Most municipal market investors and their advisors would agree that liquidity in the municipal bond market has declined in the last several years.
Even as liquidity has declined, however, the municipal bond market has continued to grow and attract investors. According to data from the Federal Reserve, in the first three quarters of 2015, total market size increased by $57 billion (to $3.7 trillion) and direct household ownership of municipal bonds increased by $8.8 billion. Indirect ownership through mutual funds increased by $29.8 billion. According to FactSet Research Systems, over the same time period, total assets in muni bond ETFs grew by $3.6 billion, to an estimated $22.0 billion.
Some participants in the traditional over-the-counter municipal bond market have been wondering if the growing popularity of municipal bond ETFs has been draining liquidity from the market for individual bonds.
An analysis of municipal bond ETF flows suggests that rather than draining liquidity from the municipal bond market, muni ETFs (the first of which came to market in 2007), have in fact attracted new liquidity to the marketplace.
Because of the lower interests rates earned when compared with comparably rated taxable bonds, municipal bonds have historically been most appealing to individual investors in the upper Federal income tax brackets. (The higher the tax rate, the greater the benefit of the tax exemption on the income earned.) Because of this, ownership of municipal bonds has been dominated by households.
Direct ownership (via portfolios of individual bonds) accounts for more than 40% of the market. When combined with indirect ownership through mutual funds, closed-end funds and ETFs (presumed to be primarily from individual investors), household ownership represents almost two-thirds of the market.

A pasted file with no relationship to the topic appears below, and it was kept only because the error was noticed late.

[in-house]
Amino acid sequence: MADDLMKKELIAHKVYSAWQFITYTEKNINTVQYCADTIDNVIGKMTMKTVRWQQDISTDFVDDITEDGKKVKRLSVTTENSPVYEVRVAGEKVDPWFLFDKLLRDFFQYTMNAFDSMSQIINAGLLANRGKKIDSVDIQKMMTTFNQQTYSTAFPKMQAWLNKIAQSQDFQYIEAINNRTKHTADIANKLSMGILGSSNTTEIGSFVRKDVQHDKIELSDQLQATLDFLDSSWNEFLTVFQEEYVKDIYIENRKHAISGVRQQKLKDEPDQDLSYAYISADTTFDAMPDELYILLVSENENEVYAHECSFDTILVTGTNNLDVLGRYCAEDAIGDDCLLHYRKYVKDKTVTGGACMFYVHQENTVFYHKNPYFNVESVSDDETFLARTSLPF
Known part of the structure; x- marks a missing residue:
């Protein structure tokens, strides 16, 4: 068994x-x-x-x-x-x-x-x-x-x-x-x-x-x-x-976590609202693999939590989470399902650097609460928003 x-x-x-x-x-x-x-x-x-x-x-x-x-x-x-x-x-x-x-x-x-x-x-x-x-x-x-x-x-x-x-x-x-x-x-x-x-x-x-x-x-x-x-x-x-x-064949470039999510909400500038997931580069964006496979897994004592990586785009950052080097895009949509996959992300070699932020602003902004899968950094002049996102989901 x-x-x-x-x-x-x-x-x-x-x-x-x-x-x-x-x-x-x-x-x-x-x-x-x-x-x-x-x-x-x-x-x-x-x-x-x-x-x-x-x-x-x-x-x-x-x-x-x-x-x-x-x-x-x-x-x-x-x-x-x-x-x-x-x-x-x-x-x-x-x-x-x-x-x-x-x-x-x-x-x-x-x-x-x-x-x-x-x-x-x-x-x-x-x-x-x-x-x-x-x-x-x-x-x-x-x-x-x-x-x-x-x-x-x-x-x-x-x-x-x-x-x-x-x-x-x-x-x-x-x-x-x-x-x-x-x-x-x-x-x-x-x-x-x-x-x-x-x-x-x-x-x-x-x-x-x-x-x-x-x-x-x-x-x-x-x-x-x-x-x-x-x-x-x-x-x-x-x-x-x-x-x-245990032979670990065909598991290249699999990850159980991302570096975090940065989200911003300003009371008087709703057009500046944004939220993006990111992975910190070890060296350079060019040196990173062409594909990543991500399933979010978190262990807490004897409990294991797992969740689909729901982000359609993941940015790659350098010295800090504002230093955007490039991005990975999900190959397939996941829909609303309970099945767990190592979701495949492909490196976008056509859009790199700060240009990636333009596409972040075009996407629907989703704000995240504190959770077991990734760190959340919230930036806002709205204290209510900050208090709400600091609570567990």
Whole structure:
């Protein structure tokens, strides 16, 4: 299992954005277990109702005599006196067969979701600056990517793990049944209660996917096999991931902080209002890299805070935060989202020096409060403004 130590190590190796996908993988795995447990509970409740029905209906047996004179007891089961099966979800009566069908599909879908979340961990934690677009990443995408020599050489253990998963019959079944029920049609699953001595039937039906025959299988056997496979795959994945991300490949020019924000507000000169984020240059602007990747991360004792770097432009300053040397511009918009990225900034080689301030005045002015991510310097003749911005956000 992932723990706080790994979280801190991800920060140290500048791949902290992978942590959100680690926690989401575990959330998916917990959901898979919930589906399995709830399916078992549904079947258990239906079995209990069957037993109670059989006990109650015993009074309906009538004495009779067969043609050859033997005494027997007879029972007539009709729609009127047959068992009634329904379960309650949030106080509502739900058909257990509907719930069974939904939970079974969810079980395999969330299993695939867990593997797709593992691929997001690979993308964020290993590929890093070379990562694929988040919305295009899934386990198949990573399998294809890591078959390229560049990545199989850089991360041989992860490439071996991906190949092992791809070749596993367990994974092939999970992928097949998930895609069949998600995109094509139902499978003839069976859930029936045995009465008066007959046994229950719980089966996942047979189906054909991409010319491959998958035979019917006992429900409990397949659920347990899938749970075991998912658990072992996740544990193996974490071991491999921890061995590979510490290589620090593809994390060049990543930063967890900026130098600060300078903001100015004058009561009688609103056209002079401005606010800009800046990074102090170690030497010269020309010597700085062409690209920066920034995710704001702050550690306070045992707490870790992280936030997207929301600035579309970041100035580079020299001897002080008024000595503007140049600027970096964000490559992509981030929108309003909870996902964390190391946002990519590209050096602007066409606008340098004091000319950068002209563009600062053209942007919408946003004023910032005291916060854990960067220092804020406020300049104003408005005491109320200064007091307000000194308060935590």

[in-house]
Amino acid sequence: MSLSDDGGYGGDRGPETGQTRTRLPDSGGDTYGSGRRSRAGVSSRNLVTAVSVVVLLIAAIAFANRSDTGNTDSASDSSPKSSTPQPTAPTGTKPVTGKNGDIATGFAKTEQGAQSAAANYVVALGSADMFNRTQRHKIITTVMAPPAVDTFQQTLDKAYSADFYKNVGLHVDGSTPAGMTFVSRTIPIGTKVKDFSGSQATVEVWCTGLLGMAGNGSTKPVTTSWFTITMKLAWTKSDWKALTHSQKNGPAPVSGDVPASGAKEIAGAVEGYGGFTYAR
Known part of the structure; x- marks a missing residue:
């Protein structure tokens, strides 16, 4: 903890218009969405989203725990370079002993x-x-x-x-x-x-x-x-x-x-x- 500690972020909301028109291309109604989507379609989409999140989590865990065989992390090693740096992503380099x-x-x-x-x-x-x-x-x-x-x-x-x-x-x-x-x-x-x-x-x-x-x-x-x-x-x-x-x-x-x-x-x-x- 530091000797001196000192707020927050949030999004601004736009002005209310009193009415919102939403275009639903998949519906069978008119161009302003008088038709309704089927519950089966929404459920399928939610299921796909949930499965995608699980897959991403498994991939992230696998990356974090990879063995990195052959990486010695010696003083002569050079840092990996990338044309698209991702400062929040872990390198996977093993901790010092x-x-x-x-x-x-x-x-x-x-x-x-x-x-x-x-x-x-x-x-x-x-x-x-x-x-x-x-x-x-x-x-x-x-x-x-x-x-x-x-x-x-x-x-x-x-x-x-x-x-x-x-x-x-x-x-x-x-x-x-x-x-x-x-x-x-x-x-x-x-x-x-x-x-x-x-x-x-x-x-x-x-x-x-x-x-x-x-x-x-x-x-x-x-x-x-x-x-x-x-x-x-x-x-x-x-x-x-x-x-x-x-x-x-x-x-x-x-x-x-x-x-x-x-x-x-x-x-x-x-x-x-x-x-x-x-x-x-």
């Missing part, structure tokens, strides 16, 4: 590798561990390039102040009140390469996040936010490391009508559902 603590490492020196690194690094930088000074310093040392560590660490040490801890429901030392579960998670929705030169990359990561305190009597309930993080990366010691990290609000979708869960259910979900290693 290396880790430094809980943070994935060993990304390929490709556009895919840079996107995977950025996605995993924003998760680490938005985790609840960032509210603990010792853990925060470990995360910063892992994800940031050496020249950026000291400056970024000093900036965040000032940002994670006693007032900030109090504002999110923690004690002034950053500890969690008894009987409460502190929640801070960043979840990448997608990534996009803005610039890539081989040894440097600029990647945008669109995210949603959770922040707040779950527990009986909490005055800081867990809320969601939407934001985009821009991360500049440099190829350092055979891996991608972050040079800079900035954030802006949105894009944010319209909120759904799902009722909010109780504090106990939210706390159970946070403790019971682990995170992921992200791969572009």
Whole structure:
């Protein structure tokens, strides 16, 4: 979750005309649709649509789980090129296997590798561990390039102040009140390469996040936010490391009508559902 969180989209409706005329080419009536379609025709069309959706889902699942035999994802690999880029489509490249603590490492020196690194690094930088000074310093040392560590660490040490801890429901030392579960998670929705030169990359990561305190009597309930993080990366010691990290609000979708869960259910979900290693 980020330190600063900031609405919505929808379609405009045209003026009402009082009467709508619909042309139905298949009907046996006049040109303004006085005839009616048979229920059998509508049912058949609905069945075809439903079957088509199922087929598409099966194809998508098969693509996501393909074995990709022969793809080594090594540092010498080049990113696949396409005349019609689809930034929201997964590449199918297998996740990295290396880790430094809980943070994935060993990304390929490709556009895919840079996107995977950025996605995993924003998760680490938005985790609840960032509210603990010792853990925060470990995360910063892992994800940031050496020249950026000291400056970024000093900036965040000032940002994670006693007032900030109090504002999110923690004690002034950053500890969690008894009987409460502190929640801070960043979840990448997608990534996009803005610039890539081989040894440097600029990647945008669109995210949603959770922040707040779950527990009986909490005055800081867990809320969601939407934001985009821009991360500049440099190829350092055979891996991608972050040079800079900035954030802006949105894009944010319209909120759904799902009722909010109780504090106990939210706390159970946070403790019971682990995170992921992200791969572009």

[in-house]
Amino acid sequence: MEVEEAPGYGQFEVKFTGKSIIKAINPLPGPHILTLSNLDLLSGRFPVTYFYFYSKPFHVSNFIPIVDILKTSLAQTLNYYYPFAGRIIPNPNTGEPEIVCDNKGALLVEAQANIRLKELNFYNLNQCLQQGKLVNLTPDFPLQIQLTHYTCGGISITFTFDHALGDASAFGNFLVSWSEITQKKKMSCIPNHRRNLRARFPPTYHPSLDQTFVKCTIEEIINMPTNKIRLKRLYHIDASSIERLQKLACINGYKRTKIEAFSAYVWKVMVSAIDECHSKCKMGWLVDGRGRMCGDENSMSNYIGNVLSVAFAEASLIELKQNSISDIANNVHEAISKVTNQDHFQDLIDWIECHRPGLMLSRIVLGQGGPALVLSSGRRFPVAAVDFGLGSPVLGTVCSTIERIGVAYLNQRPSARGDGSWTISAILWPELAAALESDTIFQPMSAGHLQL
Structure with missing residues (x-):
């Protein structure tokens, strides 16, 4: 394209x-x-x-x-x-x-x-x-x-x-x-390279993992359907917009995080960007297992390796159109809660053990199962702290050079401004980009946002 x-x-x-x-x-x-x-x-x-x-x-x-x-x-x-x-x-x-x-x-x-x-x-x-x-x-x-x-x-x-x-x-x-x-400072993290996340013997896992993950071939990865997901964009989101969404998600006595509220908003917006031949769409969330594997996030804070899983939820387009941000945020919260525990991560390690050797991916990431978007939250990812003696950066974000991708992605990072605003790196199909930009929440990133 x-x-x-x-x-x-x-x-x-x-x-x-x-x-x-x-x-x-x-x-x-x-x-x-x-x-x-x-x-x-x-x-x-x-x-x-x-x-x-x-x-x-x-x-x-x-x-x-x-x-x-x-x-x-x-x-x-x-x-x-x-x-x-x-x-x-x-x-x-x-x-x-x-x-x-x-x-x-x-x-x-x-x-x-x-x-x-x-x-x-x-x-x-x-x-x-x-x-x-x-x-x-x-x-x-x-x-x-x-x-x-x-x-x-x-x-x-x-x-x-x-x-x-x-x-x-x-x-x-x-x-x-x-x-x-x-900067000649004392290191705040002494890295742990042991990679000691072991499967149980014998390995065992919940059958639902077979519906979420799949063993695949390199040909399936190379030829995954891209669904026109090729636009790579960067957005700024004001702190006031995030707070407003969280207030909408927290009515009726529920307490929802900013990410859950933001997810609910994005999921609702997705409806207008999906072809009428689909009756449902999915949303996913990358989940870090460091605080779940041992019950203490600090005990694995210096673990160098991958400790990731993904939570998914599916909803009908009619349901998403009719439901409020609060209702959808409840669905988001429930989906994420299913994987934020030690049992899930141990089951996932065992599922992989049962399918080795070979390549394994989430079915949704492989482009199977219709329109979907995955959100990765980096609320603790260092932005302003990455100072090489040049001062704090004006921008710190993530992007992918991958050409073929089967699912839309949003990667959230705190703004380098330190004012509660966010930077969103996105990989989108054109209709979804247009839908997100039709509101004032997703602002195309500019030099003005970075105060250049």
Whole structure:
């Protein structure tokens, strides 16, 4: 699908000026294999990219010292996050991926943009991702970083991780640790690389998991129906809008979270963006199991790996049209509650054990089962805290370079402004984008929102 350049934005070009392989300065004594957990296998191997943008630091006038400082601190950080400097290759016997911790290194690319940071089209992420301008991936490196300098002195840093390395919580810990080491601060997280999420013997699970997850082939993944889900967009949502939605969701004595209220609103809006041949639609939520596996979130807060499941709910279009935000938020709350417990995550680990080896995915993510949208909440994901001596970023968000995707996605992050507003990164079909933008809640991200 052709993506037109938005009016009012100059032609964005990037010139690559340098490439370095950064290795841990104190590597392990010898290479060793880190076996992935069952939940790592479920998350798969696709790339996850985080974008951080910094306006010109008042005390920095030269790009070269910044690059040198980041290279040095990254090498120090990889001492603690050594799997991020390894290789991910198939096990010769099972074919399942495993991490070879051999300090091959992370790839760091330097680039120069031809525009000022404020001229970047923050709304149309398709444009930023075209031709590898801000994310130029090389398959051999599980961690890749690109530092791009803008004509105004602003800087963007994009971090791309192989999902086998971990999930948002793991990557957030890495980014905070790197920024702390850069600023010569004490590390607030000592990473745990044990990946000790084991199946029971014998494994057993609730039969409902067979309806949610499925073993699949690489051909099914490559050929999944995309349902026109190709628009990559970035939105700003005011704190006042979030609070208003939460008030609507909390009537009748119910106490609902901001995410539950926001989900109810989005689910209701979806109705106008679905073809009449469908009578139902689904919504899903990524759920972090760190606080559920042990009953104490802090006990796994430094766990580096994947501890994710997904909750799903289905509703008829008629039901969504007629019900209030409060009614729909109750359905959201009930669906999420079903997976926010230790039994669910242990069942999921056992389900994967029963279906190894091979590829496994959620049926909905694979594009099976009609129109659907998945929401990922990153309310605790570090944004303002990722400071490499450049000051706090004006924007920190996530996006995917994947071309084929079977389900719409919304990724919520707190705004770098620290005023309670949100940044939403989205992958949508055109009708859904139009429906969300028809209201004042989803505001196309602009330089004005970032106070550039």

At $3.7 trillion, the market is large, but it is also very complex. With more than 60,000 issuers and well over 1 million CUSIPs, it is the complexity of the municipal bond market that has made it difficult to attract significant participation by hedgers, traders and active (tactical) asset allocators.
Additionally, even though the municipal market includes several electronic trading platforms, the overall market is not centralized on an exchange, so trading liquidity is supported by the more than 1,500 registered dealers located around the country. (The number of dealers has declined 22% since 2009.)
Municipal bond trading activity has long been dominated by customer-related transactions. Through October of last year, 45% of municipal bond market trading activity was customer buying (which includes household purchases as well as investing by institutions such as insurance companies and funds); customer selling was an additional 23% of total volume. (The balance consisted of trading between dealers.)